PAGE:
now they've warned me again, and I know it will come. I won't go down the mine till three days have passed. The other men may do as they like."
He walked on with the last words. Mr. Blase Pellet, who had been looking on at the interview from over the way, gazed idly after Bell until he had turned the corner and was out of sight. All in a moment, as though some recollection came suddenly to him, Blase tore off his white apron, darted in for his hat, and ran after Bell; coming up with him just beyond the parsonage.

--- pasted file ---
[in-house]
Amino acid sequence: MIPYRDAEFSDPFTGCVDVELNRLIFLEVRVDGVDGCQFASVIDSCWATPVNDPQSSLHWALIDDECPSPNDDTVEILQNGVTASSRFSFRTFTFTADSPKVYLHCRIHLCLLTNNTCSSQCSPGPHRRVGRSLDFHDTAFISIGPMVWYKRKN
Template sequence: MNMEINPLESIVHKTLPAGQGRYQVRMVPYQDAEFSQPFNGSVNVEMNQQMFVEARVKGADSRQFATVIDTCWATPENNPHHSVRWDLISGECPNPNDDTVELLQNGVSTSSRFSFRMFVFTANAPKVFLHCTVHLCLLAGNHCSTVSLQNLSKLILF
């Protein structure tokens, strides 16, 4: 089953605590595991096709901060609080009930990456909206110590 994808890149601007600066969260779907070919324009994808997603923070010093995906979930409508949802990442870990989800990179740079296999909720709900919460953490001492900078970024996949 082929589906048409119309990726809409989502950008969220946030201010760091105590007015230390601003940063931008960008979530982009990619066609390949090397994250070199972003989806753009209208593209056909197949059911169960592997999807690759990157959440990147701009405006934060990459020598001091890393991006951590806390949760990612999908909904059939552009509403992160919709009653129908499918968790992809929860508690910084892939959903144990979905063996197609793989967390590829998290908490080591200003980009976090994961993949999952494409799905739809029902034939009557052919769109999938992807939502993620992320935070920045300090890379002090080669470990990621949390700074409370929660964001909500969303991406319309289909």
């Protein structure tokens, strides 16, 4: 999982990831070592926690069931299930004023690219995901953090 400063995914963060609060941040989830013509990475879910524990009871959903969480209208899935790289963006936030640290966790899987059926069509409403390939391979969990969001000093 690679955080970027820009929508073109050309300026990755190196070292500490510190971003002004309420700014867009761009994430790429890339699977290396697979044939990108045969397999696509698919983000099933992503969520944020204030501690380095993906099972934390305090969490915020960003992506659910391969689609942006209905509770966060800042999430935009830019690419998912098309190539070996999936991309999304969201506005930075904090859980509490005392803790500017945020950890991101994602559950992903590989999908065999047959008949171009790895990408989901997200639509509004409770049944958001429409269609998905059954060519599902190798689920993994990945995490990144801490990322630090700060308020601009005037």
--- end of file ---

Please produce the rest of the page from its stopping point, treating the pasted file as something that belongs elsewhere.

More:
What Mr. Blase Pellet communicated to him, to put Bell's temper up as it did, and what particular language he used, was best known to himself. If the young man had any conscience, one would think that remorse, for what that communication led to, must lie on it to his dying day. Its substance was connected with Rosaline and Frank Raynor. He was telling tales of them, giving his own colouring to what he said, and representing the